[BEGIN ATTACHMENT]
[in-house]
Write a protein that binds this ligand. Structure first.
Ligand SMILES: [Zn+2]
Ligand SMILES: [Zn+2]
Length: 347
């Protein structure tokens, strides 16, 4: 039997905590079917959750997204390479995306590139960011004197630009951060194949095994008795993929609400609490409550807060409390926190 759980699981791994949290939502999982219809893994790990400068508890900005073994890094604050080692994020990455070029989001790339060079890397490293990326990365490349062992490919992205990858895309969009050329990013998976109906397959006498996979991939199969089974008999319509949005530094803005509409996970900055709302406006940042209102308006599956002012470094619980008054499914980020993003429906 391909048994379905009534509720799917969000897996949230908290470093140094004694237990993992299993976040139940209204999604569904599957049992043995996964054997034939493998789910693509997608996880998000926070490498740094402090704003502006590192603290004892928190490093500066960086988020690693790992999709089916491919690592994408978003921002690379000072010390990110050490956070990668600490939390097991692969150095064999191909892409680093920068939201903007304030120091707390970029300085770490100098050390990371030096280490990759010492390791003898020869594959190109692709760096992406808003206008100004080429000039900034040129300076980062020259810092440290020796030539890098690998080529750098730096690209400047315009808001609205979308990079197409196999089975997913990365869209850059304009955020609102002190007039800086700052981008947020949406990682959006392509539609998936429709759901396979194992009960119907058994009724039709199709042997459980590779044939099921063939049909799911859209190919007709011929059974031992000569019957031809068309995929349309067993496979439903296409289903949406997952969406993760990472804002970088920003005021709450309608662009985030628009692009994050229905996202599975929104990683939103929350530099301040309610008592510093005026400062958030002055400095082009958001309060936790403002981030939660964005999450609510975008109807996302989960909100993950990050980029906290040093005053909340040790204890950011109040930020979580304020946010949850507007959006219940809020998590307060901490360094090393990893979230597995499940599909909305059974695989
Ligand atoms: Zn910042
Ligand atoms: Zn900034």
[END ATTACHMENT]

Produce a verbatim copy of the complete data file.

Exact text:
[in-house]
Write a protein that binds this ligand. Structure first.
Ligand SMILES: [Zn+2]
Ligand SMILES: [Zn+2]
Length: 347
């Protein structure tokens, strides 16, 4: 039997905590079917959750997204390479995306590139960011004197630009951060194949095994008795993929609400609490409550807060409390926190 759980699981791994949290939502999982219809893994790990400068508890900005073994890094604050080692994020990455070029989001790339060079890397490293990326990365490349062992490919992205990858895309969009050329990013998976109906397959006498996979991939199969089974008999319509949005530094803005509409996970900055709302406006940042209102308006599956002012470094619980008054499914980020993003429906 391909048994379905009534509720799917969000897996949230908290470093140094004694237990993992299993976040139940209204999604569904599957049992043995996964054997034939493998789910693509997608996880998000926070490498740094402090704003502006590192603290004892928190490093500066960086988020690693790992999709089916491919690592994408978003921002690379000072010390990110050490956070990668600490939390097991692969150095064999191909892409680093920068939201903007304030120091707390970029300085770490100098050390990371030096280490990759010492390791003898020869594959190109692709760096992406808003206008100004080429000039900034040129300076980062020259810092440290020796030539890098690998080529750098730096690209400047315009808001609205979308990079197409196999089975997913990365869209850059304009955020609102002190007039800086700052981008947020949406990682959006392509539609998936429709759901396979194992009960119907058994009724039709199709042997459980590779044939099921063939049909799911859209190919007709011929059974031992000569019957031809068309995929349309067993496979439903296409289903949406997952969406993760990472804002970088920003005021709450309608662009985030628009692009994050229905996202599975929104990683939103929350530099301040309610008592510093005026400062958030002055400095082009958001309060936790403002981030939660964005999450609510975008109807996302989960909100993950990050980029906290040093005053909340040790204890950011109040930020979580304020946010949850507007959006219940809020998590307060901490360094090393990893979230597995499940599909909305059974695989
Ligand atoms: Zn910042
Ligand atoms: Zn900034």